5 Minutes With Christine Vidler
Monday, December 4, 2017
Christine Vidler has over 35 years’ experience working in the fashion and TV film industry. As well as being part of the teaching team at The Iver Academy, Christine’s work has taken her all over the world, where she’s worked on notable fashion productions: The Clothes Show Live and Top Model UK, plus worked with an array of British and American celebrities.
Christine talks about what it takes to be a successful makeup artist and gives her advice for getting into the industry…
When did you know you wanted to become a makeup artist?
I worked for the BBC in Television Production many years ago in their Television Studios and was fascinated by the make up artists working on the same shows as me. It had always been a career I wanted to do but in those days it was very difficult to get the right training and opportunity so I applied internally. Their training scheme was excellent and after three months intensive tuition I worked at Television Centre on various productions as a trainee for a while before becoming a qualified make up assistant.
You’ve worked in TV and theatre as well as fashion, what technical skills have you found are useful across all industries?
Being able to make a quick judgement as to what is required and what will suit. Knowing what to use that will work. There is no second chance on the shows I work on so you have to know your kit and have the right tools.
What are some of the challenges you face when adapting theatrical makeup for the screen?
My work in theatre, which includes operas and ballets as well as theatre drama productions is when these events are recorded as live or live for cinema and television. Theatre makeup can be very heavy and includes wigs which have extremely thick wig lace stuck to the forehead and sides of the face, as one would expect for a theatre audience, but it doesn’t work on a big screen.
Working with the wig and makeup teams at the theatres, we come to a compromise with the makeup, so it is more acceptable for the big screen and high definition. We’ll alter the wigs accordingly, too.
Performers need to be on-set for makeup and hair call times – the pressure to get them ready on time can be quite demanding. Any quick changes are done at the side of the stage, and any issues are sorted out in rehearsals in order for the recorded performances to run as smooth as possible.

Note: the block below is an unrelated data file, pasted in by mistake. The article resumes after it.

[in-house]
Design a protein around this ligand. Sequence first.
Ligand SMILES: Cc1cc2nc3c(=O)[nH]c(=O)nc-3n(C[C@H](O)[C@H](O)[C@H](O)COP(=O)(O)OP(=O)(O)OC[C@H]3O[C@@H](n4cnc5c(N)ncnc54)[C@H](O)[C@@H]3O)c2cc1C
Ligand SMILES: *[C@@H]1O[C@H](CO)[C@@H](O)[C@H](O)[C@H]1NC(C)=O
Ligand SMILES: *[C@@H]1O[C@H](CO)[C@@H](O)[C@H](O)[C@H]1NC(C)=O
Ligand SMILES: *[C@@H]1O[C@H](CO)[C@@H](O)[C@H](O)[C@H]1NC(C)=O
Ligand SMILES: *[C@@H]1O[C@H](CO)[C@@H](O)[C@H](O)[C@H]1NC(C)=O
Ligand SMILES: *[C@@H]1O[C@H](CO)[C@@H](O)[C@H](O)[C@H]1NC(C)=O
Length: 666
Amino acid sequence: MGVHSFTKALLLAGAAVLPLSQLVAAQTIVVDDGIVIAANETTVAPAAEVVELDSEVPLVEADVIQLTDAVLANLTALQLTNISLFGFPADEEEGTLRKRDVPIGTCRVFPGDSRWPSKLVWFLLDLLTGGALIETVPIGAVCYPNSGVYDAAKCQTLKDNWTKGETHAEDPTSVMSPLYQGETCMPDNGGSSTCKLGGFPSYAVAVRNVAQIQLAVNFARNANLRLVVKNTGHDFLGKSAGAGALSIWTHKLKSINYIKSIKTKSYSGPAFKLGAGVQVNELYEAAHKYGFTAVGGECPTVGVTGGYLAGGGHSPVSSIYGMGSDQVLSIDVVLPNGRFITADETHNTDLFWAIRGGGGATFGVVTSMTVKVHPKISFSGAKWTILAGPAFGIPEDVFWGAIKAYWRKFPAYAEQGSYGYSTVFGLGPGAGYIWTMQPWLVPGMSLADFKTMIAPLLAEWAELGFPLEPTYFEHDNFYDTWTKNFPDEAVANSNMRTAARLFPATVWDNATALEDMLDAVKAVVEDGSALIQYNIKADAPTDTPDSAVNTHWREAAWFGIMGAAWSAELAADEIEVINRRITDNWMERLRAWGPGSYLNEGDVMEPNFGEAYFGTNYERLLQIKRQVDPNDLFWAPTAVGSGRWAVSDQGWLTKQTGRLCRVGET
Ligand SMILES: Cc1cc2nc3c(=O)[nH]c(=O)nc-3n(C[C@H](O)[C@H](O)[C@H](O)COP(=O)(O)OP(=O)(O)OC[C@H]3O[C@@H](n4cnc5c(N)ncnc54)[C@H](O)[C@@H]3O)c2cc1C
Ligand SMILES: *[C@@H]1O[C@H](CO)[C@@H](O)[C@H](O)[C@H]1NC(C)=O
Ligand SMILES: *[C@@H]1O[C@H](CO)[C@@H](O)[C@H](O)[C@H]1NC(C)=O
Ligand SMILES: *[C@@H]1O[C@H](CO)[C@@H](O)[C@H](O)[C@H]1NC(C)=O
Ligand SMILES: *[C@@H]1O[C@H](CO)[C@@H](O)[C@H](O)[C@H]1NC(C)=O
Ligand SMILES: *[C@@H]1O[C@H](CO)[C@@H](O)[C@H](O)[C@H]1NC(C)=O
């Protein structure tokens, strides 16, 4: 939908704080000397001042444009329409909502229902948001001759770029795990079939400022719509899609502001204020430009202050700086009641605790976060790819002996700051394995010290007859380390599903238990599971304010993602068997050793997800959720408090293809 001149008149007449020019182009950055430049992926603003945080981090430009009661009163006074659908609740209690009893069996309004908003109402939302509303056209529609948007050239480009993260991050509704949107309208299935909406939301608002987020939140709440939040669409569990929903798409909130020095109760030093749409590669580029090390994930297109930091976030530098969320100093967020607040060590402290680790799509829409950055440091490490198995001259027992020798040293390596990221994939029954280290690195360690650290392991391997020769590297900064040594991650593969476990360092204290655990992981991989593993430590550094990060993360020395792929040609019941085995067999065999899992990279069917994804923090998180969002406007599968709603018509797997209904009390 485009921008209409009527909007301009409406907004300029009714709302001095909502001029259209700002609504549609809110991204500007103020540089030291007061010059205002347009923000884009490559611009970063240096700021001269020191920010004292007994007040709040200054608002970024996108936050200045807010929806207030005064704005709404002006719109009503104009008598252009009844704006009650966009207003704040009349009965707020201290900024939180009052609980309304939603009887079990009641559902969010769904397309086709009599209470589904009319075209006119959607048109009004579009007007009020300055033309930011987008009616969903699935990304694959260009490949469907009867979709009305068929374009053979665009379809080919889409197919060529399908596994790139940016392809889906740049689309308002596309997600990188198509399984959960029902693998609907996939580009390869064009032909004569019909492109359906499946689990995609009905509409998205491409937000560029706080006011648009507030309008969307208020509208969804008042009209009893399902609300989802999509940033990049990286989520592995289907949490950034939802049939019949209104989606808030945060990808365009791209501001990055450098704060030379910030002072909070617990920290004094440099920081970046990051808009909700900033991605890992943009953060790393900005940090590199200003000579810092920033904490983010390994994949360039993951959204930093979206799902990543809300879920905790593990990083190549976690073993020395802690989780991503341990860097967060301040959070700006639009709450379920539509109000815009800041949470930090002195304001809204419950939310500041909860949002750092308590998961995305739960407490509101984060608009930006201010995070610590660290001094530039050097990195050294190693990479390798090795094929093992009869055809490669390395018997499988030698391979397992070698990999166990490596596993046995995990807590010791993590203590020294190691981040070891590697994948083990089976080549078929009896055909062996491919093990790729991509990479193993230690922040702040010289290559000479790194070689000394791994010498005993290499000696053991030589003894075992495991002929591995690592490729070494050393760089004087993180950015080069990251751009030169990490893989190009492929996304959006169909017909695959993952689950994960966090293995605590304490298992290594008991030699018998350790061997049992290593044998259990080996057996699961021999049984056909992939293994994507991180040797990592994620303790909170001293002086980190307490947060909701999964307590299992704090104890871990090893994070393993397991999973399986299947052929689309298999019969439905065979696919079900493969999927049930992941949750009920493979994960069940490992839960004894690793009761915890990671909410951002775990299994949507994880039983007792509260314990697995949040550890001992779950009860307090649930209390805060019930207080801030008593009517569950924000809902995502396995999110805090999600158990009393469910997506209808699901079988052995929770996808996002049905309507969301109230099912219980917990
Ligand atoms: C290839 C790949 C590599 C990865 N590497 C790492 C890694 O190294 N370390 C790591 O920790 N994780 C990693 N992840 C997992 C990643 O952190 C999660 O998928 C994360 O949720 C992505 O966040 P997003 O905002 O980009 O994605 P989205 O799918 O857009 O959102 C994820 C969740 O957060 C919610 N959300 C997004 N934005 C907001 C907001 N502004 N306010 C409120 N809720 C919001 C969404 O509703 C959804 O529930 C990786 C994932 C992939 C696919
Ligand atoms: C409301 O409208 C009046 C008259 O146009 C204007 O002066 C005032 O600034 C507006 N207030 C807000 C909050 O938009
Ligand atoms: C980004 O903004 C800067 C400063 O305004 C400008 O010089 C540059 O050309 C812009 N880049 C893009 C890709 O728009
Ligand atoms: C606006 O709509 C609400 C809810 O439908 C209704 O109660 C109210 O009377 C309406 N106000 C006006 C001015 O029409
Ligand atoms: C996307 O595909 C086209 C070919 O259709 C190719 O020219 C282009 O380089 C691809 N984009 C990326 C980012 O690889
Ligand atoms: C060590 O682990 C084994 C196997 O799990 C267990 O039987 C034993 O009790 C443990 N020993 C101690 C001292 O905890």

How do you ensure consistency when you’re working on hair and makeup for a filmed theatre production?
Continuity is important when working with makeup for the stage and for TV or film. To have the same team of assistants is best as we all know what we are doing and should be like a well-oiled machine!
What can students expect to get out of a theatrical makeup course at The Iver Makeup Academy?
Students get tuition in theatre makeup and wigs. They are also shown how a quick change is done. We have theatre experts come into The Iver and talk about their career and experiences. To get training work at a theatre is so valuable as there is so much wig work done, from applying wigs, cleaning them, dressing them, blocking and taking them off.
What is your most used tool in your makeup kit?
There isn’t just one tool actually, but if I had to make a choice it would be two for make up which would be good make up brushes of all different shapes and sizes and a selection of good foundation bases. This is the canvas of your work and without a good canvas the painting wouldn’t look very good.
For hair it would be a good setting spray and a precise pin tail comb.
Fashion shows require a lot of looks, where do you find inspiration from?
My inspiration comes from art galleries, particularly The National Portrait Gallery, historical books, architectural books and good editorials, particularly American Vogue.
Who do you typically work with on a fashion show, what has this taught you about the personal skills needed to be a makeup artist?
When working on a fashion like any of the other live shows I work on it is a team effort. On a fashion show you work closely with the fashion designer. From the very start when the shows are still in preparation there are several meetings and that is when ideas are brought to the table. Personal skills are very important. You have to be able to understand a designer’s vision and see their passion. PR is of the utmost importance.
So far, what do you consider to be your career highlight?
There are so many career highlights. As a professional, I never talk about models, celebrities or actors in a personal way, but the highlights that jump to mind are the amazing opportunities I have had in having access to places and events all over the world that I never would have had if I didn’t have this career. Far too many to mention.
What advice would you give to someone looking to get into makeup artistry?
My advice would be to get the best training possible, work hard and never assume you know everything because with this career you never stop learning new skills. Treat everyone how you would want to be treated irrespective of their position. Also, to have compassion and enthusiasm.